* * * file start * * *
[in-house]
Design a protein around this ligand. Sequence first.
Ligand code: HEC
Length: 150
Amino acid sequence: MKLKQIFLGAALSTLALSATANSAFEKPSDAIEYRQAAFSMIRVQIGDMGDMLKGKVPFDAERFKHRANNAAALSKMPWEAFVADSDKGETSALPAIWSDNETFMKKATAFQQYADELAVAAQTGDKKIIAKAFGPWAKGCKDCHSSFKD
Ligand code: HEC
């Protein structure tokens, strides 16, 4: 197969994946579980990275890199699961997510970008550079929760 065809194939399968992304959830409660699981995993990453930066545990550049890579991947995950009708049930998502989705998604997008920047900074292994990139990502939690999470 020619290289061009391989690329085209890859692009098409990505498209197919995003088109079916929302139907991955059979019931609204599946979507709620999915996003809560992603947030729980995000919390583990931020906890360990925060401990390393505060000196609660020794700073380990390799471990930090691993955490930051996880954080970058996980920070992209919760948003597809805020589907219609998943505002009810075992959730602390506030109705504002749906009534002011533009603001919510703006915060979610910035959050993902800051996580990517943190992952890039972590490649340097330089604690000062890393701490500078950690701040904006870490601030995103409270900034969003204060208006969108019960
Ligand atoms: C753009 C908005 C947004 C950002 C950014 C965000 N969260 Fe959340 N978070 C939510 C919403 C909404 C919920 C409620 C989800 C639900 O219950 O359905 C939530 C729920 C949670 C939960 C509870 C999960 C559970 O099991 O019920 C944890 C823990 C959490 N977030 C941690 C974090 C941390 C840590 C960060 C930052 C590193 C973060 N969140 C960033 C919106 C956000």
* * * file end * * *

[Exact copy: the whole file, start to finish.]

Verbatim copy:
[in-house]
Design a protein around this ligand. Sequence first.
Ligand code: HEC
Length: 150
Amino acid sequence: MKLKQIFLGAALSTLALSATANSAFEKPSDAIEYRQAAFSMIRVQIGDMGDMLKGKVPFDAERFKHRANNAAALSKMPWEAFVADSDKGETSALPAIWSDNETFMKKATAFQQYADELAVAAQTGDKKIIAKAFGPWAKGCKDCHSSFKD
Ligand code: HEC
């Protein structure tokens, strides 16, 4: 197969994946579980990275890199699961997510970008550079929760 065809194939399968992304959830409660699981995993990453930066545990550049890579991947995950009708049930998502989705998604997008920047900074292994990139990502939690999470 020619290289061009391989690329085209890859692009098409990505498209197919995003088109079916929302139907991955059979019931609204599946979507709620999915996003809560992603947030729980995000919390583990931020906890360990925060401990390393505060000196609660020794700073380990390799471990930090691993955490930051996880954080970058996980920070992209919760948003597809805020589907219609998943505002009810075992959730602390506030109705504002749906009534002011533009603001919510703006915060979610910035959050993902800051996580990517943190992952890039972590490649340097330089604690000062890393701490500078950690701040904006870490601030995103409270900034969003204060208006969108019960
Ligand atoms: C753009 C908005 C947004 C950002 C950014 C965000 N969260 Fe959340 N978070 C939510 C919403 C909404 C919920 C409620 C989800 C639900 O219950 O359905 C939530 C729920 C949670 C939960 C509870 C999960 C559970 O099991 O019920 C944890 C823990 C959490 N977030 C941690 C974090 C941390 C840590 C960060 C930052 C590193 C973060 N969140 C960033 C919106 C956000």